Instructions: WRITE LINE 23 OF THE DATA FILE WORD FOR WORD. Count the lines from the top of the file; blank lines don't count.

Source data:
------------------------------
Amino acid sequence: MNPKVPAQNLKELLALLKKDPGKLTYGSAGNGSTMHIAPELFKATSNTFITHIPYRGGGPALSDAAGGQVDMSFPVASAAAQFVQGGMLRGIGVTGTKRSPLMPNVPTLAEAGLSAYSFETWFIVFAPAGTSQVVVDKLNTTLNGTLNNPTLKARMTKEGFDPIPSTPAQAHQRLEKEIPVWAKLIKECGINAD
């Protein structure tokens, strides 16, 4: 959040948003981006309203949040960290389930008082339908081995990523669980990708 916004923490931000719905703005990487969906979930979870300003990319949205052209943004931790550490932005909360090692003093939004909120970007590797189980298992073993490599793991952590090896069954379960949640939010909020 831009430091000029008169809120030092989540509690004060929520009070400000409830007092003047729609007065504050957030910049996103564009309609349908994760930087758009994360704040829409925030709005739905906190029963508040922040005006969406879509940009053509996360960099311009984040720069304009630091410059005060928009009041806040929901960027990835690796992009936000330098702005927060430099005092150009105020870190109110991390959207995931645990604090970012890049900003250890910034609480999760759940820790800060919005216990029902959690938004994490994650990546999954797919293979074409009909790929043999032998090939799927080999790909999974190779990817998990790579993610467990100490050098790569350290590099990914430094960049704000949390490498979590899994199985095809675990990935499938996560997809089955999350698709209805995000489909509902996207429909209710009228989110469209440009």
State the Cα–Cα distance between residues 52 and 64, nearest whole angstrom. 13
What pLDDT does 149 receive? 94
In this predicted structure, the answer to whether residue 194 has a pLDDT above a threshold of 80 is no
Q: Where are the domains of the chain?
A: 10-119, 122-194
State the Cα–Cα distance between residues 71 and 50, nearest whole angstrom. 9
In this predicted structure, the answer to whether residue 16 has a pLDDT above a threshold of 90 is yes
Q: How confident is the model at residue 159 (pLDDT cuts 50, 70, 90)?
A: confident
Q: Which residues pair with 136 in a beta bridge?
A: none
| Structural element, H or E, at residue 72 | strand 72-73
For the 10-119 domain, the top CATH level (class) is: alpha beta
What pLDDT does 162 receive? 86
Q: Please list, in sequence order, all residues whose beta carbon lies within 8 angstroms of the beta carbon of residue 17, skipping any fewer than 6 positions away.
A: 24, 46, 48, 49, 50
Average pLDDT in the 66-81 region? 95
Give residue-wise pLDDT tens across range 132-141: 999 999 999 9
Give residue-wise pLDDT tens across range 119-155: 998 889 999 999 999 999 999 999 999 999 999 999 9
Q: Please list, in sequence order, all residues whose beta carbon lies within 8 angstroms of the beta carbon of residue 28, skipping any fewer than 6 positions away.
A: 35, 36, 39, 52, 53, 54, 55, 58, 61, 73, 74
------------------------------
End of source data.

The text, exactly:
A: 35, 36, 39, 52, 53, 54, 55, 58, 61, 73, 74